Editorial: Testing gaps remain
topical

Editorial: Testing gaps remain

{{featured_button_text}}

Over the past two weeks, we have been reminded just how unprepared in some ways we were for COVID-19. The week before last we learned two inmates at the federal prison in Thomson, Ill., tested positive for the coronavirus. And, on Monday, we learned that 23 prisoners and four staff at the East Moline Correctional Facility tested positive, too.

We already knew that prisons were especially vulnerable, so it’s not that big a surprise that there would be cases here. What is disappointing is that we still are hobbled in dealing with them because of limited testing capacity.

Consider this: The head of the union representing workers at the East Moline facility says that inmates living in the same cell with someone who has tested positive aren’t necessarily being tested themselves.

"Right now we are testing the inmates with symptoms only," said Cody Dornes, president of AFSCME 46.

However, as scientists have made clear, people have spread COVID-19 without exhibiting symptoms. So, why not test all those who have come in contact with a person with COVID-19?

With respect to Thomson, U.S. Rep. Cheri Bustos, D-Ill., has been told there isn’t the capacity to test all the prisoners who are transferred from one federal facility to another. This was after prisoners had been sent from a federal facility in Chicago, where there were cases, to Thomson, where there were none. Two of those transferred prisoners have now been found to have COVID-19.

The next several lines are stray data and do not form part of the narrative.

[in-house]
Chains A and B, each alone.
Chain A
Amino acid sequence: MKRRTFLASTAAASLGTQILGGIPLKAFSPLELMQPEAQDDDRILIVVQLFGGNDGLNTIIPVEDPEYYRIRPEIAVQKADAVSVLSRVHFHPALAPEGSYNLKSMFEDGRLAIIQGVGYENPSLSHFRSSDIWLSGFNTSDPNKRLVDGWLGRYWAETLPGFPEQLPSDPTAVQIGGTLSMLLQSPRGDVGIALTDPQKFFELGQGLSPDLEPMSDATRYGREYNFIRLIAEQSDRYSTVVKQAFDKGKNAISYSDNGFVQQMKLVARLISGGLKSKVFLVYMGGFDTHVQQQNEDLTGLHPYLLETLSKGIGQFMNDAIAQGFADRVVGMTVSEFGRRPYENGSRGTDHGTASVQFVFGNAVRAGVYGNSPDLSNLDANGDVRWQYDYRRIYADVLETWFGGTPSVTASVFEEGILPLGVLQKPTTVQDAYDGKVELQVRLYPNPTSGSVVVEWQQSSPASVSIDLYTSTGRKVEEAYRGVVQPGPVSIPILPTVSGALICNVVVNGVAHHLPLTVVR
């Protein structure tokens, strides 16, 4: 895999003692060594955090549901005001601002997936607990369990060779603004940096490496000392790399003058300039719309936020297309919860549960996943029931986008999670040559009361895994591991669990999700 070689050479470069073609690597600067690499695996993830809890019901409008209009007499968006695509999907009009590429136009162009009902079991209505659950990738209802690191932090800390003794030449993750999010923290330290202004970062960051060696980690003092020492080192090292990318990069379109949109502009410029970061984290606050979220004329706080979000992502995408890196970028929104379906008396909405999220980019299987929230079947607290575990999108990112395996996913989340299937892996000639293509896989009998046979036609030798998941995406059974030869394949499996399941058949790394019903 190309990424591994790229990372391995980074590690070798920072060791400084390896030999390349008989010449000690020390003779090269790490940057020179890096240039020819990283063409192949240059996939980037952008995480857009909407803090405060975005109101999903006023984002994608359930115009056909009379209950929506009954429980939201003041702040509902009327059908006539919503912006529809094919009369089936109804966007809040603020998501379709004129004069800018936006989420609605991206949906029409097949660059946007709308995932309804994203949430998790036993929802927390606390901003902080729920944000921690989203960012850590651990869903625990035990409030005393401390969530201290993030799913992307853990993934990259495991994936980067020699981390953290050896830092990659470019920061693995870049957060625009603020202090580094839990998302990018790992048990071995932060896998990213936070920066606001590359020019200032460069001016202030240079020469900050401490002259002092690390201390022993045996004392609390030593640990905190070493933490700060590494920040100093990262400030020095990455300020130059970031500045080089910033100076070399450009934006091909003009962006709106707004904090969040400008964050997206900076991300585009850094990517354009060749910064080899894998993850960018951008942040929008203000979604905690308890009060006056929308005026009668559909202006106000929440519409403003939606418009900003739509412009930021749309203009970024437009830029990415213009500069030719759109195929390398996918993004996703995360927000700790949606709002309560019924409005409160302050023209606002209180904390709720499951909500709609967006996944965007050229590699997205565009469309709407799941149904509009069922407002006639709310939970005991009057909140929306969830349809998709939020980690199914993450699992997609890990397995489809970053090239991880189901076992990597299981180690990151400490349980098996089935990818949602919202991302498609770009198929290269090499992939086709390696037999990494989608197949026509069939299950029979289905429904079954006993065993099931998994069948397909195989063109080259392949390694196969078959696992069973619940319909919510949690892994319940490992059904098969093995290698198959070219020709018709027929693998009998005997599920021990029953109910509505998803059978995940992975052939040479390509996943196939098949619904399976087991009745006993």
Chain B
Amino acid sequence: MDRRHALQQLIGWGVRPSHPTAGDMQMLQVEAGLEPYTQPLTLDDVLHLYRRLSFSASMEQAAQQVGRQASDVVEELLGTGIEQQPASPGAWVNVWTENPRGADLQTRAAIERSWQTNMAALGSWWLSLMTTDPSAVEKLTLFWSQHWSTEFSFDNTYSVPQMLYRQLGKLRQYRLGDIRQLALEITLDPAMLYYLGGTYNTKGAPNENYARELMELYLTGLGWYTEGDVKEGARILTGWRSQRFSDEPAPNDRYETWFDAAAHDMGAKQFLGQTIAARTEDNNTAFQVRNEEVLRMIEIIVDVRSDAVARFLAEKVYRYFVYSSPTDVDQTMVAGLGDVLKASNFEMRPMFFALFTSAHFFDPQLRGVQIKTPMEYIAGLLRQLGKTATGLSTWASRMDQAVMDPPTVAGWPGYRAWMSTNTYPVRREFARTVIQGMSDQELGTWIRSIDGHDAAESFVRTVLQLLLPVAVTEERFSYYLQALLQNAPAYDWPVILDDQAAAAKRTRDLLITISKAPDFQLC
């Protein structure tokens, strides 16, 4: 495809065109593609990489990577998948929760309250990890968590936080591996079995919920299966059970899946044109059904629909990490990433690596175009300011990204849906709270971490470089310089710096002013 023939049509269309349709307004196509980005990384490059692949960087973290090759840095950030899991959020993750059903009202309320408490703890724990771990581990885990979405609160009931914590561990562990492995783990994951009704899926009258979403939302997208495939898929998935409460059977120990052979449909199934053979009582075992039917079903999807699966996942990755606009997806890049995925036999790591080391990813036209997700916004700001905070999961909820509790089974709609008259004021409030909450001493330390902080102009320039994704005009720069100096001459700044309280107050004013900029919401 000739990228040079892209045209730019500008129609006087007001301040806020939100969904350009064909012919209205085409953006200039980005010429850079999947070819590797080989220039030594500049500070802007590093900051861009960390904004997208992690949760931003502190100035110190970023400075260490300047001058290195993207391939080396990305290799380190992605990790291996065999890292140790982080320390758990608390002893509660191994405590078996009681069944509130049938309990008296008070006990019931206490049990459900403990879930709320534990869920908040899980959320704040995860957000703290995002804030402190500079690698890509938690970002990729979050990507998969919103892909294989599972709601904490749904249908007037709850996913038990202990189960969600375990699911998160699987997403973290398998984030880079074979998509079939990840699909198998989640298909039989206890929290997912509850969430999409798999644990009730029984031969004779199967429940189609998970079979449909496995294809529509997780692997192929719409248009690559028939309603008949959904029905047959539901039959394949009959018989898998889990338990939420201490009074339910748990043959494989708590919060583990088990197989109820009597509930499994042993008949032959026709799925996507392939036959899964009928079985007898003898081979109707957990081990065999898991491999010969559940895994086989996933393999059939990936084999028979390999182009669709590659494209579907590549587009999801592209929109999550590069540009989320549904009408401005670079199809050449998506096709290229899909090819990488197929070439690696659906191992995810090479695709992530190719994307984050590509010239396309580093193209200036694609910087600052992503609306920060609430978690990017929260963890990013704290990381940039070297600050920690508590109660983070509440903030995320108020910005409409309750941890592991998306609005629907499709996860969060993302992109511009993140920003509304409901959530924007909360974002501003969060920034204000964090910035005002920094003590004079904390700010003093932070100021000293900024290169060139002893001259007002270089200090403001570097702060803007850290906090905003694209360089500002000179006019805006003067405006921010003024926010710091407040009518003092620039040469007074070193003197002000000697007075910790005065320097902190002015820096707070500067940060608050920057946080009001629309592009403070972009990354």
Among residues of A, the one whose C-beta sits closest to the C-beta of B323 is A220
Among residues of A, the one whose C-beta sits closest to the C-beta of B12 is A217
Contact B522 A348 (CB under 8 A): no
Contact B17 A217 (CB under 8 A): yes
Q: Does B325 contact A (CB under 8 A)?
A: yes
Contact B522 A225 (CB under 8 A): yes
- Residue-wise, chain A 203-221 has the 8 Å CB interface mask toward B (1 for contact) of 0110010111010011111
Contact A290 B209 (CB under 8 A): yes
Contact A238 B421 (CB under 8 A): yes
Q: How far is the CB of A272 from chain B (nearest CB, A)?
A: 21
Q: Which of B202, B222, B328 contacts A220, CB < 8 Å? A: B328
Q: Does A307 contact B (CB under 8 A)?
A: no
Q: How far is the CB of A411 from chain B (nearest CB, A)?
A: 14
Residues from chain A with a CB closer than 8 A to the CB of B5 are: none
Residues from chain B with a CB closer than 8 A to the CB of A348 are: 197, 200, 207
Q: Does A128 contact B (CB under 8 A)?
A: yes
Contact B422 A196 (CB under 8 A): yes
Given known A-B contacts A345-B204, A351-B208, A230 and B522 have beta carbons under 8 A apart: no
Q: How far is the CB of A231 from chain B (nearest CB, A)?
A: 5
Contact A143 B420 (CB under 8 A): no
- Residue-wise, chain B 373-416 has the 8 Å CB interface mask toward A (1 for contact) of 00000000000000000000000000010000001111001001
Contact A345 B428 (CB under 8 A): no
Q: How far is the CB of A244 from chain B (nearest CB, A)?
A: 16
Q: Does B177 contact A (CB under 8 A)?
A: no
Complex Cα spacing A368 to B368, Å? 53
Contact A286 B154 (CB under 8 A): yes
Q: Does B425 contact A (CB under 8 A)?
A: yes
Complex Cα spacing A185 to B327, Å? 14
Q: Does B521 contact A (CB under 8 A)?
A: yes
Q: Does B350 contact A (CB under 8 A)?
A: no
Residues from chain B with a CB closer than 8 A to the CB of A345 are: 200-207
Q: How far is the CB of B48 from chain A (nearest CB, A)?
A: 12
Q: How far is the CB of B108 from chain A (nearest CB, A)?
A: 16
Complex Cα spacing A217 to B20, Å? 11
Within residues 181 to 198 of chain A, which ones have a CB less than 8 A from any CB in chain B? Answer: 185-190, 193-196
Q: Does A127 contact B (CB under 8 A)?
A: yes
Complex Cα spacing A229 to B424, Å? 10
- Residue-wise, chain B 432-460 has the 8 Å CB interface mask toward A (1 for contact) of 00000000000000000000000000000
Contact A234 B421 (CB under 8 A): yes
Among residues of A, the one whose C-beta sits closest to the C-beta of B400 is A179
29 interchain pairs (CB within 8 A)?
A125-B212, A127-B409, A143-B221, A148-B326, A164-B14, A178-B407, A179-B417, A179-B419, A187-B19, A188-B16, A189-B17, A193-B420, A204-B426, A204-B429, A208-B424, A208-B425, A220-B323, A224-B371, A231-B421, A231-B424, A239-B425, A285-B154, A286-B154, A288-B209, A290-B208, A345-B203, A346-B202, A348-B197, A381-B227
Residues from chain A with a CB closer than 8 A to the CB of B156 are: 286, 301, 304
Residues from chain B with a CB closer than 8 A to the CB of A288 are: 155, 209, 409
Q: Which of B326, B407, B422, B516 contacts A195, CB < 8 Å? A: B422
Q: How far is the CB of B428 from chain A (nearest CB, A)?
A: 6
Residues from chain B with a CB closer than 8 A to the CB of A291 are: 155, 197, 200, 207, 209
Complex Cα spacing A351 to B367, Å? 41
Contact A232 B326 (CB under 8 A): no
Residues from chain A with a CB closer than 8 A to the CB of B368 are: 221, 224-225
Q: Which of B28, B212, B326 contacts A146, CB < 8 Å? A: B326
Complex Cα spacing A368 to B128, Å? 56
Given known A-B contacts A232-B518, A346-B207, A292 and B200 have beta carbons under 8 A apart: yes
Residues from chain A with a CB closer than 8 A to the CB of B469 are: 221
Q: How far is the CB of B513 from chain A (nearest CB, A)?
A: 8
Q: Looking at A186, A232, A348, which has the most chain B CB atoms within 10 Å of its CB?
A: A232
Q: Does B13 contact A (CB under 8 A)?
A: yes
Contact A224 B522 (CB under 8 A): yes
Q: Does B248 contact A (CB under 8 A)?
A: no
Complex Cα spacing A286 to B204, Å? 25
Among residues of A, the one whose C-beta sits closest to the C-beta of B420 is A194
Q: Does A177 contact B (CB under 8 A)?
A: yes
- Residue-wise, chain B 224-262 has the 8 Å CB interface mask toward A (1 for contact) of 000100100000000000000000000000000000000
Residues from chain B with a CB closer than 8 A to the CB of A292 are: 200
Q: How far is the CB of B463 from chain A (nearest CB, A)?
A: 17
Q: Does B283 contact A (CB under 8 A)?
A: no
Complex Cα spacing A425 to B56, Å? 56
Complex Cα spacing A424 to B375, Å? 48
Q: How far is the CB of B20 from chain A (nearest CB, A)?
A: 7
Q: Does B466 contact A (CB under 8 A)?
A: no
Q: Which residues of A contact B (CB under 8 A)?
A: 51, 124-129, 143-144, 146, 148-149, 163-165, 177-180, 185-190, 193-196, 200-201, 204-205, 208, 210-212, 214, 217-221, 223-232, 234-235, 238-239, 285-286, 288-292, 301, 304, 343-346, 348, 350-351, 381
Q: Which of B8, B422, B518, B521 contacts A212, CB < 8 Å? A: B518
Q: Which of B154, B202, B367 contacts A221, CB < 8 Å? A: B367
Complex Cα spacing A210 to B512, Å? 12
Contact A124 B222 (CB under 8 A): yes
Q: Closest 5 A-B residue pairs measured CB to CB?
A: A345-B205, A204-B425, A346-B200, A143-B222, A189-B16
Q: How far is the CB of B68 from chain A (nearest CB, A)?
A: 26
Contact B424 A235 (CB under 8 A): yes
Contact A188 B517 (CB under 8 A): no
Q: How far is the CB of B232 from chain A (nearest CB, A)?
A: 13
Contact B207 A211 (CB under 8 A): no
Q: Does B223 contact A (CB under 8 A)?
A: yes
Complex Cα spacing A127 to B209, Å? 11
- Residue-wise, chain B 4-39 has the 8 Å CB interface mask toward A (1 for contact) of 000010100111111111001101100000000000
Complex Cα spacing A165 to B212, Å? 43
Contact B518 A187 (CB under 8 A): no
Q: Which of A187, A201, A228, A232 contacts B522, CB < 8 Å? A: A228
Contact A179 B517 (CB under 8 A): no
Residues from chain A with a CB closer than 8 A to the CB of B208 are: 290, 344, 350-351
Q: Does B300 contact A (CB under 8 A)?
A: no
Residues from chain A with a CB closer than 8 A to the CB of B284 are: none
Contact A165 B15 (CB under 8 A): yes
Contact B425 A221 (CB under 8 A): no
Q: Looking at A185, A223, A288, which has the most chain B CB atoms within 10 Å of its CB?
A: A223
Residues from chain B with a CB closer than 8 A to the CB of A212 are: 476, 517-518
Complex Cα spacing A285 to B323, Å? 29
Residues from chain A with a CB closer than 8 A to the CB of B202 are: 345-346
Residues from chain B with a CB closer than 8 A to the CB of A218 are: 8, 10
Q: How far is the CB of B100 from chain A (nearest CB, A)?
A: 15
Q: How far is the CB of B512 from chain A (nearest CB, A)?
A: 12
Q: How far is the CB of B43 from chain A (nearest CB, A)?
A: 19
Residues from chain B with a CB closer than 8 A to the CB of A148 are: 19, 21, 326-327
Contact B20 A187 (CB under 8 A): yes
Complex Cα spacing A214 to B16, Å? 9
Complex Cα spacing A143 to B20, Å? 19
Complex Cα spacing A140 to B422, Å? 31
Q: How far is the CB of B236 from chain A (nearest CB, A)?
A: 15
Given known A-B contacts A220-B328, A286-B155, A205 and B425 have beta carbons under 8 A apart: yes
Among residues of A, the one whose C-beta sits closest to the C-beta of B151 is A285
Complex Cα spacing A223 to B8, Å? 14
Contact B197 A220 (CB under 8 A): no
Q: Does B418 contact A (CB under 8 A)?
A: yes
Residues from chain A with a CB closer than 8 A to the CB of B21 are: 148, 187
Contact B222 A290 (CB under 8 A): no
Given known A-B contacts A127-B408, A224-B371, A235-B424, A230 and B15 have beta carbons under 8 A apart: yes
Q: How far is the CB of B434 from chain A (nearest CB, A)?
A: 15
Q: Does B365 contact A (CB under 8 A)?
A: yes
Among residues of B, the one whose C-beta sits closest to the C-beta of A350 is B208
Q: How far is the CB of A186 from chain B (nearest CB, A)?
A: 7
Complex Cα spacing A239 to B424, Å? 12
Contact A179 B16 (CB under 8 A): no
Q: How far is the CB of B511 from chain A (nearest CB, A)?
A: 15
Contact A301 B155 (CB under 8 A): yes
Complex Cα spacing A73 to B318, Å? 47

Ever since the beginning of this pandemic, there has been clear evidence of a lack of testing capacity, even as some have claimed otherwise.

Illinoisans are fortunate that the number of known infections statewide is falling steadily. In Iowa, the infection rate relative to population is lower than in Illinois, but there isn’t the same decline in the number of cases. The numbers are unfortunately holding steady. This tells us, as if we needed further evidence, that the coronavirus is going to be with us for some time.

In some states, there are spikes in cases, and there is concern about the potential for a second wave this fall.

We took unprecedented steps to buy time to deal with this. But if people who have been exposed to someone with COVID-19 aren’t even being tested for the virus, we have to wonder how prepared are we, really?

Concerned about COVID-19?

* I understand and agree that registration on or use of this site constitutes agreement to its user agreement and privacy policy.

Related to this story

Most Popular

Thumbs Up … to the decision in Scott County District Court this week that hopefully puts to rest the long-simmering controversy over who rightly sits on the Davenport Civil Rights Commission.

Thumbs Up ... to those who are working to keep an African-American literature course part of the curriculum in the Rock Island-Milan School District. For a half hour at Wednesday's board meeting, the public urged the district to reconsider its plans not to offer the course at Rock Island High School for the 2020-21 school year.

Last Friday, the U.S. Treasury Department announced it would make public more information about businesses that received loans from the Paycheck Protection Program, the $670 billion federal effort to help employers hurt by the coronavirus-damaged U.S. economy.

On Thursday, the U.S. Supreme Court rejected the Trump administration's attempt to end the DACA program, which provides legal protections for 650,000 young immigrants.

Get up-to-the-minute news sent straight to your device.

Topics

News Alerts

Breaking News